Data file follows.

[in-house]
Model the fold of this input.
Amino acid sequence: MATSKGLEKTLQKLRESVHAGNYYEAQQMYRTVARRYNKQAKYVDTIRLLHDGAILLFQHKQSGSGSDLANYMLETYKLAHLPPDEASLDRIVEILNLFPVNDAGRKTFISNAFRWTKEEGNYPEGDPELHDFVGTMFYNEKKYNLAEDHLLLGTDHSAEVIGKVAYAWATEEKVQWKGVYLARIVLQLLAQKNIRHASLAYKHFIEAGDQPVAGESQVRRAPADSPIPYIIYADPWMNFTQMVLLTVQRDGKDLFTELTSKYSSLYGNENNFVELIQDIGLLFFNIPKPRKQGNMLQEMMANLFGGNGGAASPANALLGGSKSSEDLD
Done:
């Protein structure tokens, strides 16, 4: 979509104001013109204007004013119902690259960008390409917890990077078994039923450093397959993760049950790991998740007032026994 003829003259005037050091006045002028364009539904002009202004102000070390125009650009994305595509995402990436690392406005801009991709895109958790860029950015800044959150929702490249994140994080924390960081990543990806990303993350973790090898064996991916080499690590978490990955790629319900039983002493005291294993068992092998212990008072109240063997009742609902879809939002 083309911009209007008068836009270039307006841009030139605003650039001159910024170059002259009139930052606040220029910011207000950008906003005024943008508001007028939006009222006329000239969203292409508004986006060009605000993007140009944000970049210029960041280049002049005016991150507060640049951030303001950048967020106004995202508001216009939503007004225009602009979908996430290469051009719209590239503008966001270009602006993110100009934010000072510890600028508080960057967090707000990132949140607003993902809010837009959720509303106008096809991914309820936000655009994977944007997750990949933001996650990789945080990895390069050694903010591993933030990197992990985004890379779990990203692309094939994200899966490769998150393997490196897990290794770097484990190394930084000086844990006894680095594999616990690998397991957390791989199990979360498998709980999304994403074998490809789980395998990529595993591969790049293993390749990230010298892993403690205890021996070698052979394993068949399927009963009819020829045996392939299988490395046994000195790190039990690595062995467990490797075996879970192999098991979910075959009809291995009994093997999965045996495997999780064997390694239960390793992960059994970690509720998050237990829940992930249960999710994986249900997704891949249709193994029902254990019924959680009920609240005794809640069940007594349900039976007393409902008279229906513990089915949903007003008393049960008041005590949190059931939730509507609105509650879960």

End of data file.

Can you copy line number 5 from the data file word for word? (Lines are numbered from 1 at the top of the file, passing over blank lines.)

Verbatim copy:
């Protein structure tokens, strides 16, 4: 979509104001013109204007004013119902690259960008390409917890990077078994039923450093397959993760049950790991998740007032026994 003829003259005037050091006045002028364009539904002009202004102000070390125009650009994305595509995402990436690392406005801009991709895109958790860029950015800044959150929702490249994140994080924390960081990543990806990303993350973790090898064996991916080499690590978490990955790629319900039983002493005291294993068992092998212990008072109240063997009742609902879809939002 083309911009209007008068836009270039307006841009030139605003650039001159910024170059002259009139930052606040220029910011207000950008906003005024943008508001007028939006009222006329000239969203292409508004986006060009605000993007140009944000970049210029960041280049002049005016991150507060640049951030303001950048967020106004995202508001216009939503007004225009602009979908996430290469051009719209590239503008966001270009602006993110100009934010000072510890600028508080960057967090707000990132949140607003993902809010837009959720509303106008096809991914309820936000655009994977944007997750990949933001996650990789945080990895390069050694903010591993933030990197992990985004890379779990990203692309094939994200899966490769998150393997490196897990290794770097484990190394930084000086844990006894680095594999616990690998397991957390791989199990979360498998709980999304994403074998490809789980395998990529595993591969790049293993390749990230010298892993403690205890021996070698052979394993068949399927009963009819020829045996392939299988490395046994000195790190039990690595062995467990490797075996879970192999098991979910075959009809291995009994093997999965045996495997999780064997390694239960390793992960059994970690509720998050237990829940992930249960999710994986249900997704891949249709193994029902254990019924959680009920609240005794809640069940007594349900039976007393409902008279229906513990089915949903007003008393049960008041005590949190059931939730509507609105509650879960």